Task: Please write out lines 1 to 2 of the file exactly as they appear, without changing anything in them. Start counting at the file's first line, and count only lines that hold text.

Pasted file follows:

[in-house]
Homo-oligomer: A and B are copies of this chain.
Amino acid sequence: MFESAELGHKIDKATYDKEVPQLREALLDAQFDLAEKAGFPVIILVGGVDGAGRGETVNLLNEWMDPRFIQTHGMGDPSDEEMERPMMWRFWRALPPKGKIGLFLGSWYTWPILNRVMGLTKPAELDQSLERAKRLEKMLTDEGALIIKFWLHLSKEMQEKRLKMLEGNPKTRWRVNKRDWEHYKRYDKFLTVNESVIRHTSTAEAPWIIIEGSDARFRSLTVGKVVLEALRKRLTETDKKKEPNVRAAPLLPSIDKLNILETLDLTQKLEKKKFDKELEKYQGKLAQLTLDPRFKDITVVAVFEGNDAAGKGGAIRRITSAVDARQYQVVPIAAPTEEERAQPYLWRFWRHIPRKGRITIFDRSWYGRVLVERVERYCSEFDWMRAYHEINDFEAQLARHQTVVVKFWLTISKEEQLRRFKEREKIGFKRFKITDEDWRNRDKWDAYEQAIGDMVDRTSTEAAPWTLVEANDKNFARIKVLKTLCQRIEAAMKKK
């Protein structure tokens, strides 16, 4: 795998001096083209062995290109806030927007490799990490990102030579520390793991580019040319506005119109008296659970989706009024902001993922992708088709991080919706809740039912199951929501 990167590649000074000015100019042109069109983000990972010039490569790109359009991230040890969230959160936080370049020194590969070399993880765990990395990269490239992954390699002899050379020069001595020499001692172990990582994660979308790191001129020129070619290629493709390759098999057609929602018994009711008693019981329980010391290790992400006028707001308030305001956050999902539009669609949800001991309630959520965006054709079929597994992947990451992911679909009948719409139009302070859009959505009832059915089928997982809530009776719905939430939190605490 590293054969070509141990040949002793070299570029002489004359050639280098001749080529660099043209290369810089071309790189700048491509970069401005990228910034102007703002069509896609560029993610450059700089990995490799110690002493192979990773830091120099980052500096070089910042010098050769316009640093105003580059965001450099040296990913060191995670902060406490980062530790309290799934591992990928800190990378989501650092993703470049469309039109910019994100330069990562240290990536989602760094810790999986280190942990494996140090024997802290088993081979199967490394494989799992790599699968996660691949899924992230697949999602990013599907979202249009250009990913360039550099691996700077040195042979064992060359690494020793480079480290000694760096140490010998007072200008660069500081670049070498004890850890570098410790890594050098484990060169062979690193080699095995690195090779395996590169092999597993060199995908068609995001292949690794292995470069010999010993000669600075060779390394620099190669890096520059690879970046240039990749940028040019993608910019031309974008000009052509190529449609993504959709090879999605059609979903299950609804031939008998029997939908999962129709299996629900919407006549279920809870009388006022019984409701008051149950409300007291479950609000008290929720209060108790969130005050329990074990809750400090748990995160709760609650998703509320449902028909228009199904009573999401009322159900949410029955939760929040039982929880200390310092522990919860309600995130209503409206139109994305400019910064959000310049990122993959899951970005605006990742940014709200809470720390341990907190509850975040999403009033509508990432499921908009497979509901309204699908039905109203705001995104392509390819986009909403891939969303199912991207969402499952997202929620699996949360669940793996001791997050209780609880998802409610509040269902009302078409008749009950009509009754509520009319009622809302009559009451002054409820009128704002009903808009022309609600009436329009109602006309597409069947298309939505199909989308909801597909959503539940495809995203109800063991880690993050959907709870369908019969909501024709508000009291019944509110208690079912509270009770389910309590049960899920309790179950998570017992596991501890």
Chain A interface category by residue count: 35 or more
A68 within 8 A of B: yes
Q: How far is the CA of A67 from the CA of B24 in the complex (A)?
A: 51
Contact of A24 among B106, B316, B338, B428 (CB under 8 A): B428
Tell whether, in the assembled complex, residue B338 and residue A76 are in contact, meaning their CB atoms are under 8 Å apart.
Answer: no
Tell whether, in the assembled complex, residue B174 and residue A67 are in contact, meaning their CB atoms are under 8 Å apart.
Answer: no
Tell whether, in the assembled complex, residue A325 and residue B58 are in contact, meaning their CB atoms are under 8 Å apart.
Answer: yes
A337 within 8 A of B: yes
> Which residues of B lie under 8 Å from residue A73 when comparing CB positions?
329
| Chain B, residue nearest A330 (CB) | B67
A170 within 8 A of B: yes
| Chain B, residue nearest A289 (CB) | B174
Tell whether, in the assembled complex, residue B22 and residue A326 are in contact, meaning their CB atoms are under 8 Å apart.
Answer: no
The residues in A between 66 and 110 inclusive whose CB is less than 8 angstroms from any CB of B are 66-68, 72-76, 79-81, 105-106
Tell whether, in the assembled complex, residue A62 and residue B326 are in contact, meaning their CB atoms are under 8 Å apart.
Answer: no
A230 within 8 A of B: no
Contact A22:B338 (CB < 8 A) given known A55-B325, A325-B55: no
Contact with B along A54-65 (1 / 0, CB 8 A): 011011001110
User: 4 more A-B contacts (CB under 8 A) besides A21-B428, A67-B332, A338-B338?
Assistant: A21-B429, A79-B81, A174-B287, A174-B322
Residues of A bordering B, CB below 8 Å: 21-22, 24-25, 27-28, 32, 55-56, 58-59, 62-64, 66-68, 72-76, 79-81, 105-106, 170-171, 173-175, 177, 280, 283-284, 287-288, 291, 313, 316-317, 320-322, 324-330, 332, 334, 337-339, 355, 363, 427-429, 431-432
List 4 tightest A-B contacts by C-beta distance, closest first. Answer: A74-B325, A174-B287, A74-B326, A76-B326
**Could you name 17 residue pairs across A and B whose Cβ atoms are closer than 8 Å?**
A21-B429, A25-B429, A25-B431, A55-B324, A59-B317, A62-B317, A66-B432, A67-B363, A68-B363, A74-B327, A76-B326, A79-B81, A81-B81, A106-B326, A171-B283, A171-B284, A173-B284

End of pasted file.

[in-house]
Homo-oligomer: A and B are copies of this chain.